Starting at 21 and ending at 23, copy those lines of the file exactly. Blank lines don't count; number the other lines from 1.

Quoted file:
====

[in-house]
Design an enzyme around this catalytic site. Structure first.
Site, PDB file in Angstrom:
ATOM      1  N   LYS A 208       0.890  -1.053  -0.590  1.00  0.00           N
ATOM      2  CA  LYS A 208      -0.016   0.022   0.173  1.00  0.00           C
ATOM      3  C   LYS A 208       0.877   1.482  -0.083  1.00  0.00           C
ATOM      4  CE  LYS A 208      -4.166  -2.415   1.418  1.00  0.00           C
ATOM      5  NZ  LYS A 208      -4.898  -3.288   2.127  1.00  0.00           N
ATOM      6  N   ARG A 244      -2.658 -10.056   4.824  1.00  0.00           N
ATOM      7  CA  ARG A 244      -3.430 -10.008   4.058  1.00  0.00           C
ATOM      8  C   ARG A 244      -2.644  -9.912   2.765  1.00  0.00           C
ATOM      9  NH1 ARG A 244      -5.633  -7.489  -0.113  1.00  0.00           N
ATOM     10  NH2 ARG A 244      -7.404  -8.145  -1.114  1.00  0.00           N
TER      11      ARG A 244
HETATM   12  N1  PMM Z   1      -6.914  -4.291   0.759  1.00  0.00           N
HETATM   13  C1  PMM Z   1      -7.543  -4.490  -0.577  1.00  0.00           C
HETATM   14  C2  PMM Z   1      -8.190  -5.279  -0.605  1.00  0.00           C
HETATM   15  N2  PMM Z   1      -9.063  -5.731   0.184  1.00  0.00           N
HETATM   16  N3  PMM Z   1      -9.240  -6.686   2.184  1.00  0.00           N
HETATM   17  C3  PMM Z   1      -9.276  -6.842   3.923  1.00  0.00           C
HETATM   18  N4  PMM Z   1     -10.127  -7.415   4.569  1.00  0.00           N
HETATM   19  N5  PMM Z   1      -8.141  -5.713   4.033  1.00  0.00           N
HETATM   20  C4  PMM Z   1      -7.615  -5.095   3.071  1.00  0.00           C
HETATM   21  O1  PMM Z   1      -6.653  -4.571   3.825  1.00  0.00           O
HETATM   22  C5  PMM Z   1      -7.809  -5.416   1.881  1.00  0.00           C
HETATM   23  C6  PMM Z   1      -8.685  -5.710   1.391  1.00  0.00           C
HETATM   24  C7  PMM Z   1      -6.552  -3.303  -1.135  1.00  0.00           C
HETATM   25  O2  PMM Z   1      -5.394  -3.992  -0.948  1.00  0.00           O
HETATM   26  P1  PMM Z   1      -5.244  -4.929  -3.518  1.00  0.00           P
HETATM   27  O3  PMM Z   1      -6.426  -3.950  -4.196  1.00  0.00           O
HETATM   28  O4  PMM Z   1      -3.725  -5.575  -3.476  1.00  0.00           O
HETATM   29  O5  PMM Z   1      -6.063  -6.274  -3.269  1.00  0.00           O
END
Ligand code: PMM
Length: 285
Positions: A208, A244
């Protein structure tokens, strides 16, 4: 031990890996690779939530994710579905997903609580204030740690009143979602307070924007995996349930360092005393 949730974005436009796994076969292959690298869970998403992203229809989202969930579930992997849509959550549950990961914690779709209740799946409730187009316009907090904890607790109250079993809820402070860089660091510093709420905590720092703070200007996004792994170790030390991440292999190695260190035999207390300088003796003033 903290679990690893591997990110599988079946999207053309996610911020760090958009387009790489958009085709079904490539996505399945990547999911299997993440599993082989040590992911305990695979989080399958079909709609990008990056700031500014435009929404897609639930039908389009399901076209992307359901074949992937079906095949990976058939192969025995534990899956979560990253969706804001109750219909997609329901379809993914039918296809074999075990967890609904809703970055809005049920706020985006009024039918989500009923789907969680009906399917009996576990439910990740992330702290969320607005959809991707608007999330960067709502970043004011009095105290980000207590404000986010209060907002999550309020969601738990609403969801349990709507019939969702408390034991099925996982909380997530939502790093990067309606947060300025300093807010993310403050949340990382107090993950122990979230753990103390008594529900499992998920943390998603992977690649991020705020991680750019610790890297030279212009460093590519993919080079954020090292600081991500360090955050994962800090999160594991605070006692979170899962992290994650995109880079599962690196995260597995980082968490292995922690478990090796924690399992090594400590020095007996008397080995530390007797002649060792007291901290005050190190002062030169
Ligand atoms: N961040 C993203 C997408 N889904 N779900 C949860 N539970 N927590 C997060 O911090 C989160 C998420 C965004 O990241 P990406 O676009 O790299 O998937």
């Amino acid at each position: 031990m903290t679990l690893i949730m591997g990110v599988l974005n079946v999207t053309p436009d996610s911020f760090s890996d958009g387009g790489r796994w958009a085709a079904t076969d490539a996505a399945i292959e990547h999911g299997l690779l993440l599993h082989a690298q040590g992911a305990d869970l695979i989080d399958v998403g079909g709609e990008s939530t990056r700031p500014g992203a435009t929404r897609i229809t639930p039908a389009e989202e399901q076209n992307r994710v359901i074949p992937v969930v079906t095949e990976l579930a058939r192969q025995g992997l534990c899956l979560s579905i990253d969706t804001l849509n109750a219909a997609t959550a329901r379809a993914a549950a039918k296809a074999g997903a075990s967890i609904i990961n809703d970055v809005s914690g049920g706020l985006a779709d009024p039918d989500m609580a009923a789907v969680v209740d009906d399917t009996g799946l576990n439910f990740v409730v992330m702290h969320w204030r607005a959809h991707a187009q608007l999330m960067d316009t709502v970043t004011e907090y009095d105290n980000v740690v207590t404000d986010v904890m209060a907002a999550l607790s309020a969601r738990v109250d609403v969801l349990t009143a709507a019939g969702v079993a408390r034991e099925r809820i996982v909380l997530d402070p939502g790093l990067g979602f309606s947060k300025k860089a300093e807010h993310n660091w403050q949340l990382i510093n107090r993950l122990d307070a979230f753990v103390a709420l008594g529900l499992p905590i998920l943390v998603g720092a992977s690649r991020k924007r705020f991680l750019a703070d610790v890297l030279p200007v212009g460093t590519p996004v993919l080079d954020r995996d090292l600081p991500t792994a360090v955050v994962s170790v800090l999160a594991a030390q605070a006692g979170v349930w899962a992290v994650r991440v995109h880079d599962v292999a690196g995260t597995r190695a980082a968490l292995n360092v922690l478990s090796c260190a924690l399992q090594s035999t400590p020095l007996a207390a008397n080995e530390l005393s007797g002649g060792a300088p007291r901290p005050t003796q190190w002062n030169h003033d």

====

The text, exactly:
HETATM   18  N4  PMM Z   1     -10.127  -7.415   4.569  1.00  0.00           N
HETATM   19  N5  PMM Z   1      -8.141  -5.713   4.033  1.00  0.00           N
HETATM   20  C4  PMM Z   1      -7.615  -5.095   3.071  1.00  0.00           C